Stocks: 4 things to know before the open

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Good news for the global economy could set the tone for markets Wednesday after China turned in a stronger than expected performance in the second quarter.

"Chinese GDP came in better than expected, which diminishes the fear factor of the global economy faltering," said Peter Cardillo, chief market economist at Rockwell Global Capital.

Here are the four things you need to know before the opening bell rings in New York:

1. China GDP: The world's second biggest economy grew by 7.5% compared with the same period last year, despite continued worries about a slowdown in real estate. It was the first time the economy has accelerated in three quarters, putting China on a somewhat better footing to reach its official growth target of 7.5% for 2014.

2. Earnings roll in: After JPMorgan (JPM) and Goldman Sachs (GS) both beat expectations with their quarterly reports Tuesday, it's Bank of America (BAC)'s turn to publish earnings before the opening bell Wednesday.

PNC (PNC) reported a quarter-to-quarter slip in net income.

eBay (EBAY) will report after the close.

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3. Stock market movers -- Time Warner, Intel, IBM, Apple, Yahoo: Time Warner (TWX) shares surged 14% in premarket trading following a New York Times report that Rupert Murdoch's 21st Century Fox (FOXA)made a $80 billion bid for the media company in recent weeks but was rebuffed. (Time Warner is the parent company of CNNMoney.)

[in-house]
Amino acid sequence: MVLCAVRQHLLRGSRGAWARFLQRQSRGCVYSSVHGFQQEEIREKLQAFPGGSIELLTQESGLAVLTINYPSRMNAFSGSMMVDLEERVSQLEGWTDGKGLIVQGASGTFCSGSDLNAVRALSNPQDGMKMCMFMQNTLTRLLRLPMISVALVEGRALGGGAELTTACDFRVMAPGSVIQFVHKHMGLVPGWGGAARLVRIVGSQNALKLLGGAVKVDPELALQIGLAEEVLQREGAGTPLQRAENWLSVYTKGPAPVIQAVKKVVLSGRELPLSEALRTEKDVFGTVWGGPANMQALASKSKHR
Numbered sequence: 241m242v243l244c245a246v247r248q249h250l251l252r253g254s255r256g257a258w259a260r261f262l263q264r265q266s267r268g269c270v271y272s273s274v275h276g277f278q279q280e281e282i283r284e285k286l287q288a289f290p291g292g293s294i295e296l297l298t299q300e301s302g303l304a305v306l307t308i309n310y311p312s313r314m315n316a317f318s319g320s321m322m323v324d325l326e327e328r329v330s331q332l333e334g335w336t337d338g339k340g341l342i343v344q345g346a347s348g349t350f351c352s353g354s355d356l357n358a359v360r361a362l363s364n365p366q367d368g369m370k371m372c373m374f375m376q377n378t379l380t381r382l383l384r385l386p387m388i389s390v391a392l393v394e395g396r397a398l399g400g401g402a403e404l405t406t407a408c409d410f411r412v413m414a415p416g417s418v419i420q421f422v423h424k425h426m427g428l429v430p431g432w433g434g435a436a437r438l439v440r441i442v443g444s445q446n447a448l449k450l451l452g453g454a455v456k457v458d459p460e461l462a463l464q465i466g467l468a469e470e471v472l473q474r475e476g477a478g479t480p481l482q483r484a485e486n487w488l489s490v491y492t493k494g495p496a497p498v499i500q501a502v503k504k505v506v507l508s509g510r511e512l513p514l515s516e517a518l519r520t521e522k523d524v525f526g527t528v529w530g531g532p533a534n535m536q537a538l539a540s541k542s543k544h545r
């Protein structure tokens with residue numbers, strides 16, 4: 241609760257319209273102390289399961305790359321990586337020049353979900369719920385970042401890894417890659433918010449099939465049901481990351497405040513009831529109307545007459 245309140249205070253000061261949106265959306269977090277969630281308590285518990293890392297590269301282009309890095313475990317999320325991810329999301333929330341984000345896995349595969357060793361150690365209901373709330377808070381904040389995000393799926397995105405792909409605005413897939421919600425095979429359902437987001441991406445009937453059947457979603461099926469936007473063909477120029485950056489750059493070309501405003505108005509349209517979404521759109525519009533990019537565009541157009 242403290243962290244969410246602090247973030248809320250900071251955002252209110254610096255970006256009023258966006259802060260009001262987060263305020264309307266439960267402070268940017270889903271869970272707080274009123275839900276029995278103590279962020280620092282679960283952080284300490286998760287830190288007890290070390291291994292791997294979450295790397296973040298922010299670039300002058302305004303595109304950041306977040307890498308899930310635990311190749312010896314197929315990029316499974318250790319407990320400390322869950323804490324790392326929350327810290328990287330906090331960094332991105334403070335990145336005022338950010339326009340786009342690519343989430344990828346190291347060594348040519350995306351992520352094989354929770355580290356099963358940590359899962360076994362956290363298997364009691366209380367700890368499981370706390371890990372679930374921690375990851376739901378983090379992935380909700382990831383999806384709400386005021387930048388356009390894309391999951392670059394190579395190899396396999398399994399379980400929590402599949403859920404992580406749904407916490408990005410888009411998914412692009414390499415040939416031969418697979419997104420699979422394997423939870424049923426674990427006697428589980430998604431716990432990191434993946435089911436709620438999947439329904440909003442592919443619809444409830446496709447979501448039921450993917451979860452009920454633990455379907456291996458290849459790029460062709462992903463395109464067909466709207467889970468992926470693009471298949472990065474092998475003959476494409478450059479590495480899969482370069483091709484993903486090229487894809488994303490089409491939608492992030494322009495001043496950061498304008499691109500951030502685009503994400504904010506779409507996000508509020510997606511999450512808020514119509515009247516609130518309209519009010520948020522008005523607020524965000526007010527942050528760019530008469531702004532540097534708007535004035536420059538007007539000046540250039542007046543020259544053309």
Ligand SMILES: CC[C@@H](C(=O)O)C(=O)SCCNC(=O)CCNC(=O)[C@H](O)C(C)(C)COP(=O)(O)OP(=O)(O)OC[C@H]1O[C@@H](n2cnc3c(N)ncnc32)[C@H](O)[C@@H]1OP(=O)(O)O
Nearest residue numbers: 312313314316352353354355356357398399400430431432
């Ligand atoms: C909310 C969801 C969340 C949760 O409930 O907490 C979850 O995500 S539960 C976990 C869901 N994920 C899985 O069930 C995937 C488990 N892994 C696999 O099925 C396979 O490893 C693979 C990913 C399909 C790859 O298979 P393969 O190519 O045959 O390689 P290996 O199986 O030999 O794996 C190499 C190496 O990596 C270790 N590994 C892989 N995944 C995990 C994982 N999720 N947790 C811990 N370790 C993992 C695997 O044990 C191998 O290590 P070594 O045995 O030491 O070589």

Shares of Intel (INTC) rose by nearly 5% premarket after the company posted earnings that beat expectations and announced plans to boost its share repurchase program by $20 billion. Shares of both IBM (IBM) and Apple (AAPL) were also nearly 2% firmer in premarket trading after they announced they would join forces to offer iPhones and iPads preloaded with special software developed by IBM.

Yahoo (YHOO) was heading in the opposite direction, falling more than 2% premarket after second quarter revenue and profits missed forecasts.

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4. Market overview: European markets bounced about 1% higher, encouraged by China's growth figures, and U.S. stock futures were trading about 0.3% firmer.

U.S. stocks closed mixed Tuesday. The Dow Jones industrial average ended about 5 points higher, for its second highest close in history. But the S&P 500 and the Nasdaq ended the day lower after the Federal Reserve warned of a bubble in social media and biotech stocks.

Asian markets were also mainly firmer.

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